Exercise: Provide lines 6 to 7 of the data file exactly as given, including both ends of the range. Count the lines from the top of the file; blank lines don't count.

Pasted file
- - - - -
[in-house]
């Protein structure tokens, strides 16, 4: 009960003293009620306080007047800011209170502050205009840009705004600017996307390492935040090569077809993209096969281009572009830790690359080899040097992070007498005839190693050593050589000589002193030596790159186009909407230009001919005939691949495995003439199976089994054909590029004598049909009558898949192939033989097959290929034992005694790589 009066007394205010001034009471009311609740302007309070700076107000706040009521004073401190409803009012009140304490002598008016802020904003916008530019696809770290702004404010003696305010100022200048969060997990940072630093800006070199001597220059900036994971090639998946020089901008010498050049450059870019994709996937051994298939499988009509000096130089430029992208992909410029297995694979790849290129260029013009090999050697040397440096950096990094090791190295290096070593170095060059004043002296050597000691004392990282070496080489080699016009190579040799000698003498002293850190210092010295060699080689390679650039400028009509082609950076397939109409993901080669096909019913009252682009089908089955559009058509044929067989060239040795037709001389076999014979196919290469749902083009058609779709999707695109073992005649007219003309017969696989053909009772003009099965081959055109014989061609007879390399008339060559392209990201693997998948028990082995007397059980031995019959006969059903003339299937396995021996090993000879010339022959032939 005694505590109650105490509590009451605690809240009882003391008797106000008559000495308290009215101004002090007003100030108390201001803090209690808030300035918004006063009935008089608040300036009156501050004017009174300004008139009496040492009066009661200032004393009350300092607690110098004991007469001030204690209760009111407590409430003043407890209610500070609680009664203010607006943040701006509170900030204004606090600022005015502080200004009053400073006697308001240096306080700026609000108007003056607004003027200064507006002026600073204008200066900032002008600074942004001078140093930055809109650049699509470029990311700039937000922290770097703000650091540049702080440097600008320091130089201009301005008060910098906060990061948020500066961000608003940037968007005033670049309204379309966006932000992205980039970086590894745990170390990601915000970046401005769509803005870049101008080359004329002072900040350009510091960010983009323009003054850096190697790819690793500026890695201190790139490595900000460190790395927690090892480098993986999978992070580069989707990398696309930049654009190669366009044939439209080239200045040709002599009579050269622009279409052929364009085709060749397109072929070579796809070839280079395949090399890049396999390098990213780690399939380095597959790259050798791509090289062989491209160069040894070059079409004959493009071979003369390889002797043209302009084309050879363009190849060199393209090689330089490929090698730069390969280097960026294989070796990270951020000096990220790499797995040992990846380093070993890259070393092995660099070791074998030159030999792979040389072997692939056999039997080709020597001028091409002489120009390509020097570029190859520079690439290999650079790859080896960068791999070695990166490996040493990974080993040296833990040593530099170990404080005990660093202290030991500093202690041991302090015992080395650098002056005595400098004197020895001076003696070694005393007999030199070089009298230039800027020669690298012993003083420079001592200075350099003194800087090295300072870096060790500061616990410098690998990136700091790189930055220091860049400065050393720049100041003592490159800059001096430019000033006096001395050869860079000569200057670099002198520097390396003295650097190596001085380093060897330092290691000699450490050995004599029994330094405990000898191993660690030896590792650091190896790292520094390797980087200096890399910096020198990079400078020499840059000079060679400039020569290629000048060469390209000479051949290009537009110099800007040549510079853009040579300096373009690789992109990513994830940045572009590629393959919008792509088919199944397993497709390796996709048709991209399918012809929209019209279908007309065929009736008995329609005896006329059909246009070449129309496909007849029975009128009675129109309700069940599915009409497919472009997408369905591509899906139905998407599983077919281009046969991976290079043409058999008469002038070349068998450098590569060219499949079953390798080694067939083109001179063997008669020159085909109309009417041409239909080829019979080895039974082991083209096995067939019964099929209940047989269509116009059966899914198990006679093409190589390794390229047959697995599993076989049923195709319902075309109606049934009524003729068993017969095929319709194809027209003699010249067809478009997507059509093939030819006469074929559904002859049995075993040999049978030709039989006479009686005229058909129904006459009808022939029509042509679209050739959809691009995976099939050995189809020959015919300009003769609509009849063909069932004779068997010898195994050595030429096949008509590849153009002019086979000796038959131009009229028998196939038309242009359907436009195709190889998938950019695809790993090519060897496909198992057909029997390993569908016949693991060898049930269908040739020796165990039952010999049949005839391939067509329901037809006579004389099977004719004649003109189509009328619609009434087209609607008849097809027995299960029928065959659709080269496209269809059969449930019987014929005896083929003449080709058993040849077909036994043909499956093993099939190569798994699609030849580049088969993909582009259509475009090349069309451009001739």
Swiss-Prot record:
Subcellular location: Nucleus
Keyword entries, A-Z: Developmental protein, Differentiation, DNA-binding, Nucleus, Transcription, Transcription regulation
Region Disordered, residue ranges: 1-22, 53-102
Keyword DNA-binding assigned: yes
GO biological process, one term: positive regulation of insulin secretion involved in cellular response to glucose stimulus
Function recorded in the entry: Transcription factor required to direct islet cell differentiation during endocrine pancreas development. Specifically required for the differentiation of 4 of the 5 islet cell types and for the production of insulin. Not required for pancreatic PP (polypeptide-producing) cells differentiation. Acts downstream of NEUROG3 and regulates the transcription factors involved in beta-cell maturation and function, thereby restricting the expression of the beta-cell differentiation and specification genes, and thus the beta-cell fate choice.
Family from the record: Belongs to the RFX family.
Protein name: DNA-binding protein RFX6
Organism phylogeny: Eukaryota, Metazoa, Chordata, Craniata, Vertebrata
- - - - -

Region Disordered, residue ranges: 1-22, 53-102
Keyword DNA-binding assigned: yes